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Tennessee Williams’ Cat on a Hot Tin Roof presents a nuclear family who struggle to marry their inner truths with the demands of their conformist Cold War culture. Being set in a sepia-tented realisation of the American dream on a Southern cotton plantation, yet as there’s a “storm comin’” and as the “warm light” starts “fading” this idyllic scenery begins to fragment revealing the “inadmissible” truths it facades. The paranoid obsession with American superiority that was fostered by the Cold War, meant that very rigid requirements around what constituted being American and “straighten…out” any people who lay outside these boundaries.
This marginalisation of “other” is metatheatrically portrayed by the peripheral existence of Jack Straw and Peter Ochello who shared a “tenderness which was uncommon” and the African American cast who have been excluded from the paradigm of a nuclear American family. Thus, Cat can fruitfully be interpreted as an exploration into the effects of this patriotic panic on masculinity, femininity and the changing American dream.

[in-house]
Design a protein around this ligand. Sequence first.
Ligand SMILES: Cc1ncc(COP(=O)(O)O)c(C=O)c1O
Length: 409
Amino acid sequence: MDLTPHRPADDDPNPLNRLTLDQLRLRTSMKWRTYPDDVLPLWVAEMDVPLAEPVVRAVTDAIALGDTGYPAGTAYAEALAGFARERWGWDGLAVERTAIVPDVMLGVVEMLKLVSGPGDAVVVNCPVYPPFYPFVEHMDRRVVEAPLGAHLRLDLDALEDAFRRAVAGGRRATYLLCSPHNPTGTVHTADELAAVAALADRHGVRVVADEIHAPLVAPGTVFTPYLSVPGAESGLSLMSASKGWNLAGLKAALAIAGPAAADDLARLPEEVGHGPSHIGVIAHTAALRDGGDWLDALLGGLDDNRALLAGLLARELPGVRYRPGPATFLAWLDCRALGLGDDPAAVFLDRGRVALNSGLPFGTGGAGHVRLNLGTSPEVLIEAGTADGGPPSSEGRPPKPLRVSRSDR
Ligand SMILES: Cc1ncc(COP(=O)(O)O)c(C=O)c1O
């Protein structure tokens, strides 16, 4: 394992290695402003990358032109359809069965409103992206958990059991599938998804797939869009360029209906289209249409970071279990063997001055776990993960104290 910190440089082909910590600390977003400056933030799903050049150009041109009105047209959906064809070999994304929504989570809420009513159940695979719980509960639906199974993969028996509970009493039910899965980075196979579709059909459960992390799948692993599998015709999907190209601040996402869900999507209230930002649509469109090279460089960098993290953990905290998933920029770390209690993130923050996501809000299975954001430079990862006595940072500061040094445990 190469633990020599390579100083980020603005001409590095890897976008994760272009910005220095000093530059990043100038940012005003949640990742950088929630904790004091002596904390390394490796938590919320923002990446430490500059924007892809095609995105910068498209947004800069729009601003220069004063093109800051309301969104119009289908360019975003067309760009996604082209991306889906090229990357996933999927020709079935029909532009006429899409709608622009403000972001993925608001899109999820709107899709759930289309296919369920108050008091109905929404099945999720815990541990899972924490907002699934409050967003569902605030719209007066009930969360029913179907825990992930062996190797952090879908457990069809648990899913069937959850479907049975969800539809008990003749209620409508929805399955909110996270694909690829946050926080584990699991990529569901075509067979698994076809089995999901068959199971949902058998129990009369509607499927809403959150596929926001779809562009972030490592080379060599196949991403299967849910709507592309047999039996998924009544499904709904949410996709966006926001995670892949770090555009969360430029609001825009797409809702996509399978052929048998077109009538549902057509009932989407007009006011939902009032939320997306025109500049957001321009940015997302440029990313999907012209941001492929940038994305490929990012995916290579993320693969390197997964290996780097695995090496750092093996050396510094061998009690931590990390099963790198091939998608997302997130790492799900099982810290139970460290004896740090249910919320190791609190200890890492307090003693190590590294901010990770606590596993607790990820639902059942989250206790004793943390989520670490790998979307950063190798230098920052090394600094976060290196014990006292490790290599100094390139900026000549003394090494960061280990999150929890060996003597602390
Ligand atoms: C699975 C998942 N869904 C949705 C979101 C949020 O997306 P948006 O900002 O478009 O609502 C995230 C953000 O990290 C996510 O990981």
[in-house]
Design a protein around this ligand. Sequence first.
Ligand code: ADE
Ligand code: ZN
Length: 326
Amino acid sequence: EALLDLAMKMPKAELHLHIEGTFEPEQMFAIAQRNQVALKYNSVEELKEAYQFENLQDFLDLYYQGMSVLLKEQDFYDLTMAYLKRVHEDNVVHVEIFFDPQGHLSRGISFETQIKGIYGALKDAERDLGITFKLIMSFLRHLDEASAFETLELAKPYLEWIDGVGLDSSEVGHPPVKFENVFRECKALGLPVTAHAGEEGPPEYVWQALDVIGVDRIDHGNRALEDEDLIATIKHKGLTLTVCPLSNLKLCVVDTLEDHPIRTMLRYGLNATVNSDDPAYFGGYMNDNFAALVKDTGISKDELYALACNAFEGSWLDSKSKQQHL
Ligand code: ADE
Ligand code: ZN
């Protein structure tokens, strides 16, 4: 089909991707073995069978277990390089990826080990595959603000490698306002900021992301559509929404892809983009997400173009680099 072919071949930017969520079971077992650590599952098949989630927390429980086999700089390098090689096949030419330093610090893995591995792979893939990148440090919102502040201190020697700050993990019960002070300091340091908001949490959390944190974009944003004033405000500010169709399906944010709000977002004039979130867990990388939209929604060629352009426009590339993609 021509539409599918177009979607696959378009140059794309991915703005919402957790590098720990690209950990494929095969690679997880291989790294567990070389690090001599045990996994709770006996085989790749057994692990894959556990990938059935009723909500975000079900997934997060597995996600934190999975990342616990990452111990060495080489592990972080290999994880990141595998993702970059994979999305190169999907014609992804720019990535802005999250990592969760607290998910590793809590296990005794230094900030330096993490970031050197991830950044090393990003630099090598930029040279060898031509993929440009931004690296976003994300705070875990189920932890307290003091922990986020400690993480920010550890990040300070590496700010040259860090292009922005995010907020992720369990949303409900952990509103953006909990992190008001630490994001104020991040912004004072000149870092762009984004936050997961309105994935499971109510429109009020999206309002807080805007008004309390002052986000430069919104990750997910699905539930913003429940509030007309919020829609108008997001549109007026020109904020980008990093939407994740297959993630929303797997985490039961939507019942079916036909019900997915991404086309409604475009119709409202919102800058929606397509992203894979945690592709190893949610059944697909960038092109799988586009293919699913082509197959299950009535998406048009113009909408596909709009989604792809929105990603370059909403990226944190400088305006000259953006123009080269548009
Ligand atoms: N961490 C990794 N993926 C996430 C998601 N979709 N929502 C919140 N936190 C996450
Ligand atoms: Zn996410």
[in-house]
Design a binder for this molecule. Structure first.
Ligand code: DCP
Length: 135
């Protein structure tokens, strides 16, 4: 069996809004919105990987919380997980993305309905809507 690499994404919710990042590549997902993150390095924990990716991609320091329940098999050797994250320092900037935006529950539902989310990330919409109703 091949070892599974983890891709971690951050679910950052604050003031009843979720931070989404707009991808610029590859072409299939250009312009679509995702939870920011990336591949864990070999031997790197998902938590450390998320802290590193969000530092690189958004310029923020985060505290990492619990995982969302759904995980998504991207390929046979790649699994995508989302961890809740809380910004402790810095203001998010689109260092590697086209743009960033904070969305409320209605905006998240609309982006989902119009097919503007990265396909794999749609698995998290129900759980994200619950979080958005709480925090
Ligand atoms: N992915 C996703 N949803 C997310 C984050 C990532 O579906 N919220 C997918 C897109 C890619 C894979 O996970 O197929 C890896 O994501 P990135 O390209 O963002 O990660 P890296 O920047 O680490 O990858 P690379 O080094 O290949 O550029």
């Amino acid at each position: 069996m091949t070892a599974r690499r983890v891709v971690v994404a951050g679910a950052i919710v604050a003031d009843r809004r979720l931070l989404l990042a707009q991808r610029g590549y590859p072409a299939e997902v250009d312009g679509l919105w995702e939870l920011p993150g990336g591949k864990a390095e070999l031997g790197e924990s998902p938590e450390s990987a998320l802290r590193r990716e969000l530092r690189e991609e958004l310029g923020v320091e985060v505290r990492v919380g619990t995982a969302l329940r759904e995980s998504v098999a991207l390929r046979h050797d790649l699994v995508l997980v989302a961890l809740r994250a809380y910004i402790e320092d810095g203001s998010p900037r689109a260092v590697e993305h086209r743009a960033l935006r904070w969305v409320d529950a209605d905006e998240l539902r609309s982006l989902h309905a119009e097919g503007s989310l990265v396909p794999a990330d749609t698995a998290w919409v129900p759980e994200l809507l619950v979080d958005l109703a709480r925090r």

Williams destabilises the polarised gender expectations of American Cold War society as he questions whether heteronormative conformity is a necessary requirement for masculinity. Despite physically representing the paragon of American masculinity as the “big, beautiful athlete” with soldier-like stoicism, Brick’s character is consumed by the tantalising ambiguity of his sexuality. The “inadmissible” whisper of homosexuality is intertwined with the set as the central bed, around which the action of the play centres, “must evoke some ghosts” as it was once shared by the rumoured lovers Jack Straw and Peter Ochello.